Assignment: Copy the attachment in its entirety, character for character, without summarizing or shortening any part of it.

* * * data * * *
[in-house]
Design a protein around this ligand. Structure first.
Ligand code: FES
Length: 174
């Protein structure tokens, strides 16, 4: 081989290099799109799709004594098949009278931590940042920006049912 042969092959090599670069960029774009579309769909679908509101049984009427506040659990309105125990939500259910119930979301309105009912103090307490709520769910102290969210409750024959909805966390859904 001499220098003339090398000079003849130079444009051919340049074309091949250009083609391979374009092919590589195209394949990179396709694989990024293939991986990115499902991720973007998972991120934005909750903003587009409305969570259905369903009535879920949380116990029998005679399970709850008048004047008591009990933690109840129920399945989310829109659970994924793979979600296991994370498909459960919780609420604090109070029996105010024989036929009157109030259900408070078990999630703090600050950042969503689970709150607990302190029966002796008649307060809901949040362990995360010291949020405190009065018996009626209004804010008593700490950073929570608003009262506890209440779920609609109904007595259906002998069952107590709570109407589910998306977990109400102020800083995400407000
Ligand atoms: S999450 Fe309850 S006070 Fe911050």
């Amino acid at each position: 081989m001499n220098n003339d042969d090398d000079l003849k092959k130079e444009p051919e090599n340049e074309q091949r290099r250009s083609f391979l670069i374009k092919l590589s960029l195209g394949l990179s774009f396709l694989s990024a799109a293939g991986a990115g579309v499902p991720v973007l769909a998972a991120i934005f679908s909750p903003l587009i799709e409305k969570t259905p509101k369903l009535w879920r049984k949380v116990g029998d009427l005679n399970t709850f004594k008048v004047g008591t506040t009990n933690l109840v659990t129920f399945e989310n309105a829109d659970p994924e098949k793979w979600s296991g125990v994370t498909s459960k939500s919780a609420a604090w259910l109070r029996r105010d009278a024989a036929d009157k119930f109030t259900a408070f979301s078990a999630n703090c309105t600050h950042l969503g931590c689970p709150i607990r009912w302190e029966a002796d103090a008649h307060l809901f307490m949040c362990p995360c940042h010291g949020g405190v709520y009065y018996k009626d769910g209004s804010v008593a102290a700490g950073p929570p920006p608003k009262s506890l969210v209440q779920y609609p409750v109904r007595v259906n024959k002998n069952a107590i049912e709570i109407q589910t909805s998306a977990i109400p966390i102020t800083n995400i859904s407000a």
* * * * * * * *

[in-house]
Design a protein around this ligand. Structure first.
Ligand code: FES
Length: 174
């Protein structure tokens, strides 16, 4: 081989290099799109799709004594098949009278931590940042920006049912 042969092959090599670069960029774009579309769909679908509101049984009427506040659990309105125990939500259910119930979301309105009912103090307490709520769910102290969210409750024959909805966390859904 001499220098003339090398000079003849130079444009051919340049074309091949250009083609391979374009092919590589195209394949990179396709694989990024293939991986990115499902991720973007998972991120934005909750903003587009409305969570259905369903009535879920949380116990029998005679399970709850008048004047008591009990933690109840129920399945989310829109659970994924793979979600296991994370498909459960919780609420604090109070029996105010024989036929009157109030259900408070078990999630703090600050950042969503689970709150607990302190029966002796008649307060809901949040362990995360010291949020405190009065018996009626209004804010008593700490950073929570608003009262506890209440779920609609109904007595259906002998069952107590709570109407589910998306977990109400102020800083995400407000
Ligand atoms: S999450 Fe309850 S006070 Fe911050």
């Amino acid at each position: 081989m001499n220098n003339d042969d090398d000079l003849k092959k130079e444009p051919e090599n340049e074309q091949r290099r250009s083609f391979l670069i374009k092919l590589s960029l195209g394949l990179s774009f396709l694989s990024a799109a293939g991986a990115g579309v499902p991720v973007l769909a998972a991120i934005f679908s909750p903003l587009i799709e409305k969570t259905p509101k369903l009535w879920r049984k949380v116990g029998d009427l005679n399970t709850f004594k008048v004047g008591t506040t009990n933690l109840v659990t129920f399945e989310n309105a829109d659970p994924e098949k793979w979600s296991g125990v994370t498909s459960k939500s919780a609420a604090w259910l109070r029996r105010d009278a024989a036929d009157k119930f109030t259900a408070f979301s078990a999630n703090c309105t600050h950042l969503g931590c689970p709150i607990r009912w302190e029966a002796d103090a008649h307060l809901f307490m949040c362990p995360c940042h010291g949020g405190v709520y009065y018996k009626d769910g209004s804010v008593a102290a700490g950073p929570p920006p608003k009262s506890l969210v209440q779920y609609p409750v109904r007595v259906n024959k002998n069952a107590i049912e709570i109407q589910t909805s998306a977990i109400p966390i102020t800083n995400i859904s407000a």